The QF 12-Pounder

The QF 12-Pounder

The QF 12-pounder and the Naval Gun Salute

Photos by John O’Byrne


We have been asked about the artillery pieces that took part in gun salute during the 75th anniversary of the Naval Service on 1 September. The guns are a QF 12-pounder 12-cwt. The Irish Defence Forces (Óglaigh na hÉireann) operate two saluting batteries: one on Dún Laoghaire East Pier and one on Spike Island in Cork Harbour.

Members of the 2nd Brigade Artillery Regiment manning the QF 12-pounder saluting batter on Dún Laoghaire East Pier.

The photograph by John O’Byrne shows 2nd Brigade Artillery Regiment firing a 21-gun salute to L.É. Samuel Beckett (P61) as she leaves Dún Laoghaire Harbour in honour of 75 years of the Irish Naval Service. The 3-inch QF 12-pounder 12-cwt were originally a naval gun produced by Armstrong Whitworth, Elswick in 1894. They served with several navies around the world on vessels and as part of coastal defence emplacements. The guns looked after by the gunners of the Defence Forces are in pristine condition for 100-year-old guns.

The photograph by John O’Byrne shows 2nd Brigade Artillery Regiment firing a 21-gun salute to L.É. Samuel Beckett (P61) as she leaves Dún Laoghaire Harbour in honour of 75 years of the Irish Naval Service. The Naval Gun Salute has a long tradition dating back centuries. The salute has evolved from when foreign naval vessels entered a foreign port or passed a foreign naval vessel and needed to demonstrate they were not hostile. Vessels would ‘clear their guns’ with blank charges to indicate they were empty and posed no threat. In return the saluted vessel or shore defence battery would do the same. By the 18th century a 21 round salute had become common with Royal Navy. The figure 21 comes from the ratio of 1:3 by 7. Naval vessels could only fire off one round compared to the 3 rounds a shore battery could. There are several citations for seven. Some state biblical reference while other state astronomical origins. Gun salutes consist of an odd number of rounds; the firing of an even number of rounds in the past was reserved for occasions of mourning. The 21-gun salute is the highest honour.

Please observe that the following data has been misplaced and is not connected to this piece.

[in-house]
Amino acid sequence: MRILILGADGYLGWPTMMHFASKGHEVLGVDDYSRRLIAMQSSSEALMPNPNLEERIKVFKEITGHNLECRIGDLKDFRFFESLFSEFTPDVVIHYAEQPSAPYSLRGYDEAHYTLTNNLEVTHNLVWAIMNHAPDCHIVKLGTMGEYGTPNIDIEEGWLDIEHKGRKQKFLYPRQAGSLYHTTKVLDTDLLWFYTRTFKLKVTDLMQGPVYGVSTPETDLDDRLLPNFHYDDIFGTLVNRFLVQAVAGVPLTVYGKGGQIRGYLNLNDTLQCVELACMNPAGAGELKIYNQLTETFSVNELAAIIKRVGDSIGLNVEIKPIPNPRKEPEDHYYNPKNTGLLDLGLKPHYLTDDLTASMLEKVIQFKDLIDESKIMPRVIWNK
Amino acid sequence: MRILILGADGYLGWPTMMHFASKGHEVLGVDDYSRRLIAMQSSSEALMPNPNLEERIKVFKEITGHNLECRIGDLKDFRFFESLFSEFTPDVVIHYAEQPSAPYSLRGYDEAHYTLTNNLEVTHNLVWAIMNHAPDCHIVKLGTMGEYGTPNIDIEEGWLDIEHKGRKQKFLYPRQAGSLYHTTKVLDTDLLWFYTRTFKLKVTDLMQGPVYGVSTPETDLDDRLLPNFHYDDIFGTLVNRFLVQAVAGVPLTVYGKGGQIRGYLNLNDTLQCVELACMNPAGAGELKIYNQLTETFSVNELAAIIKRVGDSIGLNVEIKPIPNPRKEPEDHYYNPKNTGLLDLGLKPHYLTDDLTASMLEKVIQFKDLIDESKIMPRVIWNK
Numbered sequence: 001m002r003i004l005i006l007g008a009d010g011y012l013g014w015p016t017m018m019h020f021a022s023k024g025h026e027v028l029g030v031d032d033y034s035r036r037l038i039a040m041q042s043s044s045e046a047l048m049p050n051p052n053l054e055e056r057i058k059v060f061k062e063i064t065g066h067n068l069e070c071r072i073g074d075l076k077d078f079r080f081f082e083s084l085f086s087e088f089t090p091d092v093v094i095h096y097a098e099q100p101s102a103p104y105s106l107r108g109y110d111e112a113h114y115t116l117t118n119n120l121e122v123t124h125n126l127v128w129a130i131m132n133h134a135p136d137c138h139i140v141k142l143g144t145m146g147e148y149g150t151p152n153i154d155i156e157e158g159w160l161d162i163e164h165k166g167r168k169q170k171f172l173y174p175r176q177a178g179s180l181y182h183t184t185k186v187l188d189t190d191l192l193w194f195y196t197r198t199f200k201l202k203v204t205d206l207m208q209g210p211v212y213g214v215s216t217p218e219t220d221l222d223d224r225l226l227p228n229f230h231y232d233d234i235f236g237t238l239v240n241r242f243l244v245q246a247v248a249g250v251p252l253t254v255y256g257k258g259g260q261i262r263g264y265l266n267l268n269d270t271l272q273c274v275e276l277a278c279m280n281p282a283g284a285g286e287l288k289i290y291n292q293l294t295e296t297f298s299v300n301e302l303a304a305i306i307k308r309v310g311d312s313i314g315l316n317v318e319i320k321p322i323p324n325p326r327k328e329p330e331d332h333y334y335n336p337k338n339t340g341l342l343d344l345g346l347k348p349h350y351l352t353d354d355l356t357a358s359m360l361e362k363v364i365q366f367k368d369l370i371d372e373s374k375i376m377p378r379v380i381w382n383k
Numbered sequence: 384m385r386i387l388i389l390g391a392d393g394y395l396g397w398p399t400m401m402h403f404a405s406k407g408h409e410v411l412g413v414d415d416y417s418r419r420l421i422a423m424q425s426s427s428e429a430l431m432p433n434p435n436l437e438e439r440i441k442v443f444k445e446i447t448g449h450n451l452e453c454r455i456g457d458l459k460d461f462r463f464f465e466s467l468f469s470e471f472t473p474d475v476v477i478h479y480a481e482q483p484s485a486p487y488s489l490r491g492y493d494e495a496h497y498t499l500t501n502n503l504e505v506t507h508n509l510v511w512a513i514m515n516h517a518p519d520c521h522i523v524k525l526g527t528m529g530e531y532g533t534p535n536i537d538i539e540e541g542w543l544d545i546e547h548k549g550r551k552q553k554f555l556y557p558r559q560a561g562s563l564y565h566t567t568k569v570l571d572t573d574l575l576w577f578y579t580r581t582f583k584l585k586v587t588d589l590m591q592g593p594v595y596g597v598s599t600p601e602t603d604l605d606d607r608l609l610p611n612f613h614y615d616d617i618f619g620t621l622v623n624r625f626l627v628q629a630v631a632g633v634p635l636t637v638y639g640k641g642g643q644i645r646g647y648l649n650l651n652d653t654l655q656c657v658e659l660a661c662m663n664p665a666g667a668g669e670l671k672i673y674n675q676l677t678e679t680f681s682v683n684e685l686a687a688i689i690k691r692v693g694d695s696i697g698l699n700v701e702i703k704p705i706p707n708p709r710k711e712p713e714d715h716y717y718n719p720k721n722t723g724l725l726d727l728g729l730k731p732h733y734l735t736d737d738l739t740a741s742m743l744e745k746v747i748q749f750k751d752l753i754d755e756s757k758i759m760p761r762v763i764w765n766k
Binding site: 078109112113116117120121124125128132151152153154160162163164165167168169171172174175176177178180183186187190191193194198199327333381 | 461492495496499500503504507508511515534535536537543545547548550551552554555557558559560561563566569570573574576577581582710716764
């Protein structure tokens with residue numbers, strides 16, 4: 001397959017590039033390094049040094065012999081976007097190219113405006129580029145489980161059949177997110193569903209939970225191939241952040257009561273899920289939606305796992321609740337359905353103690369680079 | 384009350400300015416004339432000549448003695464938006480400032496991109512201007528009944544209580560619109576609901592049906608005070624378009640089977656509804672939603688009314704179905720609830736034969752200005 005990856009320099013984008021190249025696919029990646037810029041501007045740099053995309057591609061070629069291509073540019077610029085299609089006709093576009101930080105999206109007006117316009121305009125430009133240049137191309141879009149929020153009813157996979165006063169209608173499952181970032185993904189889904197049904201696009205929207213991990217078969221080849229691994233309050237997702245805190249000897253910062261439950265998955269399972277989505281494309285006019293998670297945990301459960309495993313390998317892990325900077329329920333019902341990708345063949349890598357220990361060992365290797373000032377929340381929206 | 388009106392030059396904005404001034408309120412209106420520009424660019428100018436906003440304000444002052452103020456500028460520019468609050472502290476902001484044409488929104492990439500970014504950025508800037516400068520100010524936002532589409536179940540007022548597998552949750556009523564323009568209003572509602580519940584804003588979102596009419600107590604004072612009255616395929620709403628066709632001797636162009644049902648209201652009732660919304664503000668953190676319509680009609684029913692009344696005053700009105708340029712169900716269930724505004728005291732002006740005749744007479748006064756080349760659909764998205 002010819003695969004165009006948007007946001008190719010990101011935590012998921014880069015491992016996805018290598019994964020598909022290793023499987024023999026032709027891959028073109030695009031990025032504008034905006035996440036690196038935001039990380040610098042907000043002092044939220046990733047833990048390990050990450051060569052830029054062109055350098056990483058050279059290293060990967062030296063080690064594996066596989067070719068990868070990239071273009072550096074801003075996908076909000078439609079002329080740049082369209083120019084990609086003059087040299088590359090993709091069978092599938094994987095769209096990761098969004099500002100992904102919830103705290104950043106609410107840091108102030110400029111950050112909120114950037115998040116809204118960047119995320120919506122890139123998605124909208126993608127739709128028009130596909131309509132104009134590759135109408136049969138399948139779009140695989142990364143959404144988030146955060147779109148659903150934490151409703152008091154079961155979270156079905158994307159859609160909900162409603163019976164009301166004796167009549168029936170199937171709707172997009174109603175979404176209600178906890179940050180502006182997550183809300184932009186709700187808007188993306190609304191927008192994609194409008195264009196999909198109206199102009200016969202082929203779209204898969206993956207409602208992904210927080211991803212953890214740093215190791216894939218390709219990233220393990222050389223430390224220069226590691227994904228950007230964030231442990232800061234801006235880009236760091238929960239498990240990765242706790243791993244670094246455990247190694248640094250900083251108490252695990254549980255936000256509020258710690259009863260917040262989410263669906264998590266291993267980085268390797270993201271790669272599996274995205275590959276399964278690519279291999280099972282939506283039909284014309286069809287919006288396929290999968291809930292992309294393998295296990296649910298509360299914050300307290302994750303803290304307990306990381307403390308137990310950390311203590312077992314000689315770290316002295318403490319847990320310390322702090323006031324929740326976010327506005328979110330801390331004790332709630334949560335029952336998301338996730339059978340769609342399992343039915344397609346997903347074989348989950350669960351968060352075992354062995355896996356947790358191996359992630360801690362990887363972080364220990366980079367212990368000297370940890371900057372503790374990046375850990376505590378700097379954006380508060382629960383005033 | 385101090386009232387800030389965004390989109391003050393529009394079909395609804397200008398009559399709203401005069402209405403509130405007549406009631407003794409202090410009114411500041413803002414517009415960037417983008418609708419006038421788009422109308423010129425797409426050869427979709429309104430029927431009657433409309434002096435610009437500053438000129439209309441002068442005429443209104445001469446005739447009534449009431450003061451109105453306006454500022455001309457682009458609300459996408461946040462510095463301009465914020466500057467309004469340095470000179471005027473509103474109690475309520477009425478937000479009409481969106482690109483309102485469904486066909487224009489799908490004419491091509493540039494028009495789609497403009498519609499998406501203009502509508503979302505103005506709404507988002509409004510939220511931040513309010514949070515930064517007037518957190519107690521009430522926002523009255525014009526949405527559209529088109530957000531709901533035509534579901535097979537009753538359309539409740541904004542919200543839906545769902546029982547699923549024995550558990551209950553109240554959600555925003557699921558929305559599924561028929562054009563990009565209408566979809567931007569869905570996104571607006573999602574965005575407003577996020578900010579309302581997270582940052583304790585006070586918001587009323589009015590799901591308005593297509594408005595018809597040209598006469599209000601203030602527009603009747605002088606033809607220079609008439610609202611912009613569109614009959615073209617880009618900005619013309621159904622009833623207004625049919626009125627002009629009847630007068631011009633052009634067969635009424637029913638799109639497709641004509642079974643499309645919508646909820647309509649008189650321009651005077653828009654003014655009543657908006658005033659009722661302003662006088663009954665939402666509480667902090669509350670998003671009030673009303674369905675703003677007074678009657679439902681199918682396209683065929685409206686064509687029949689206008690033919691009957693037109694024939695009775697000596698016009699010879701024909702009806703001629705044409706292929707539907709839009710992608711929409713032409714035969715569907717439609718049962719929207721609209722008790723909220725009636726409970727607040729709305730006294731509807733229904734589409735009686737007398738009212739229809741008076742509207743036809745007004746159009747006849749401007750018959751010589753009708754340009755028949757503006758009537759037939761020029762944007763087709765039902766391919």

A famous incident involving a naval gun salute misunderstood is recorded during the Spanish-American War 1898. On 20 June, the USS Charleston and three transport vessels approached Guam with the intention of capturing the island. Officials and the people of Guam took no notice and went about their business. The Charleston fired 13 rounds at the Spanish fort. Officials on the island believed the U.S. Navy had just rendered honours and prepared to return the salute. Little did they know they the USS Charleston was actually firing on them with live rounds. They had no knowledge the Spanish-American War had started on 21 April; some two months prior. They and Guam were soon guests of the United States.

Posted in: Irish Army, Irish Defence Forces, Irish Naval Service, Óglaigh na hÉireann

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